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Cape York Peninsula Land Use Strategy


Key departmental publications, e.g. annual reports, budget papers and program guidelines are available in our online archive.

Much of the material listed on these archived web pages has been superseded, or served a particular purpose at a particular time. It may contain references to activities or policies that have no current application. Many archived documents may link to web pages that have moved or no longer exist, or may refer to other documents that are no longer available.

Areas of Conservation Significance on Cape York Peninsula

Cape York Peninsula Land Use Strategy
Abrahams, H., Mulvaney, M., Glasco, D., & Bugg, A.
Office of the Co-ordinator General of Queensland
Australian Heritage Commission, March 1995

Areas of Conservation Significance on Cape York Peninsula

15.0 Significant Vegetation Corridors

15.1 Riparian Corridors

The major river systems on the Peninsula tend to run from east to west. The rivers are usually fringed by a strip of forest, that is much lusher than the dry woodlands found away from the water courses. The forests act as corridors for dispersal for many species, including the Spotted Cuscus (Spilocuscus maculatus), White-tailed Rat (Uromys caudimaculatus), frugivorous birds, and Palm Cockatoo (Probosciger aterrimus). The riparian corridors allow movement between the extensive rainforests on the east coast and the smaller sand ridge rainforests on the west coast (Winter and Lethbridge 1994, DEH 1995). These corridors are considered important under sub-criterion A2 (maintenance of existing processes) as they provide suitable migratory habitat for many species.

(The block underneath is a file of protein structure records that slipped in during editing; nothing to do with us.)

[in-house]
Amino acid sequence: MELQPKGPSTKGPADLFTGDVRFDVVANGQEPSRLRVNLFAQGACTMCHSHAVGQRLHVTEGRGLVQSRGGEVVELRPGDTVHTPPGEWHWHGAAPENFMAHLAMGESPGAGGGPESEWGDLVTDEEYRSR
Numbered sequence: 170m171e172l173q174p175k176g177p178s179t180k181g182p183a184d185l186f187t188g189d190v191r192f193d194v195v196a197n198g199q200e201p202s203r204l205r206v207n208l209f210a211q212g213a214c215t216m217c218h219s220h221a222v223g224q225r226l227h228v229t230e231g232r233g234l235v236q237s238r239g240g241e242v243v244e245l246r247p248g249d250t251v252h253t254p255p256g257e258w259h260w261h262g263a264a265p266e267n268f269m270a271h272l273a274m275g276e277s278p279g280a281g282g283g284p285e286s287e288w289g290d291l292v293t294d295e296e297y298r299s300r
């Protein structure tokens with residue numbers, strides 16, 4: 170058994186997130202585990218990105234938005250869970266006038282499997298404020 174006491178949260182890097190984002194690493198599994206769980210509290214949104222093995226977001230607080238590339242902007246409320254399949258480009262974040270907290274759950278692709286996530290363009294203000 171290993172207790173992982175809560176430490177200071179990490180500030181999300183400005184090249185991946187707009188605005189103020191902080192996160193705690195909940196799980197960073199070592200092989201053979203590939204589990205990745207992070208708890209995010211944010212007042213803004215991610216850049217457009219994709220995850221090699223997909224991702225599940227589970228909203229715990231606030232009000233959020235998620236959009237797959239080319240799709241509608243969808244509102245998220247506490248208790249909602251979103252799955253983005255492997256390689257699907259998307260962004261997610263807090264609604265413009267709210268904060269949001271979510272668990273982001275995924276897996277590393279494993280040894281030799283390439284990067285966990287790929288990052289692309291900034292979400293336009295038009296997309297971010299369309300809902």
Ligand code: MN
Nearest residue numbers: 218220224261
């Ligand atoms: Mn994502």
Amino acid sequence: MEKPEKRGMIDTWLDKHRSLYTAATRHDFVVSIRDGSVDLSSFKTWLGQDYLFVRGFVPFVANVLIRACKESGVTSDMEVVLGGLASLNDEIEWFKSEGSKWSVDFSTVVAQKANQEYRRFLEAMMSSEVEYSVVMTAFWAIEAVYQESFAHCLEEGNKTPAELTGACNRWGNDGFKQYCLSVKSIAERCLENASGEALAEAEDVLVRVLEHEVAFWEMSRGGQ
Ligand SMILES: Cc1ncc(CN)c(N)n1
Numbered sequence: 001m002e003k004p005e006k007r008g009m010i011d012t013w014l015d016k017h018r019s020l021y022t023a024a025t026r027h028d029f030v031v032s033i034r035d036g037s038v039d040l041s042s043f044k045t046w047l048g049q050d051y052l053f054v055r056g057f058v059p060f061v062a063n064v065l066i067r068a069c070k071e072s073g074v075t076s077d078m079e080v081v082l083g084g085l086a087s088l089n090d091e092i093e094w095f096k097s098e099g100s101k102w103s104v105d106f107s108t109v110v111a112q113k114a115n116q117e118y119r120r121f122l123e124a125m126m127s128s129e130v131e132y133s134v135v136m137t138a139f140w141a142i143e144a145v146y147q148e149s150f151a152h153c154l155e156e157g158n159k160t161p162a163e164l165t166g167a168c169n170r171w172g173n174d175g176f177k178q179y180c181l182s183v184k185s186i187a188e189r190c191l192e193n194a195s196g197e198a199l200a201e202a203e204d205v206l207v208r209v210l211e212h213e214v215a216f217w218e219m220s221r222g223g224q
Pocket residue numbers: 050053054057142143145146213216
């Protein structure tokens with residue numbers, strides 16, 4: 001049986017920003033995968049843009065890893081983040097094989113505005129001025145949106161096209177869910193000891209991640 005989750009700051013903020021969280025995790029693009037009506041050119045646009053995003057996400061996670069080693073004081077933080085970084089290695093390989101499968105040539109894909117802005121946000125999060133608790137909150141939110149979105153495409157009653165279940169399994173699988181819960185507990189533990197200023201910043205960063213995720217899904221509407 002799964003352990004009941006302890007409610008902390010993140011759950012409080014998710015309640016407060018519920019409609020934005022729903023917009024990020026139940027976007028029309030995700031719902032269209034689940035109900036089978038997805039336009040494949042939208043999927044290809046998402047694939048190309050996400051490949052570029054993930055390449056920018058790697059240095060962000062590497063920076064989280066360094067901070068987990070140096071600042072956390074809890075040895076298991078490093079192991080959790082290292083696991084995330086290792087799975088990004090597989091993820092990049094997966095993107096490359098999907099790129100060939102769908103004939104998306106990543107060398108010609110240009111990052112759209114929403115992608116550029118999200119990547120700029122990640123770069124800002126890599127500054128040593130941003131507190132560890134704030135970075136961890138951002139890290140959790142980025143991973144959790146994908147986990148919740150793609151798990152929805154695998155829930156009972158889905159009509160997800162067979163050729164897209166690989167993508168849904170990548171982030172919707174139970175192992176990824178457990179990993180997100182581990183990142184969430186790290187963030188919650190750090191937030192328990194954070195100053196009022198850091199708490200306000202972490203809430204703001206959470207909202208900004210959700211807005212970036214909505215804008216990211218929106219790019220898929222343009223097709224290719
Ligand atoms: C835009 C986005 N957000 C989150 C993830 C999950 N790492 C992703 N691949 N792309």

Winter and Lethbridge (1994) concluded that the riparian forests of greatest conservation significance are those along the major rivers, namely the Archer-Coen and the Wenlock River systems.

To the south-east of the study the Normanby River corridor also provides a substantial corridor that links the Wet Tropical Rainforests to the south of the study area with the coast to the south of the Central Peninsula Rainforest areas. For many species that migrate north-south along the Peninsula and to the forests to the south, this area provides an important linking corridor.

The riparian corridors are also important dry season refuge areas for woodland species whose populations may be decimated through a combination of heat and drought. The riparian vegetation may also be the highest feature on a floodplain and of importance as a refuge habitat during times of flooding (Winter & Lethbridge 1994).

Significant riparian corridors are shown on Figure 15.1.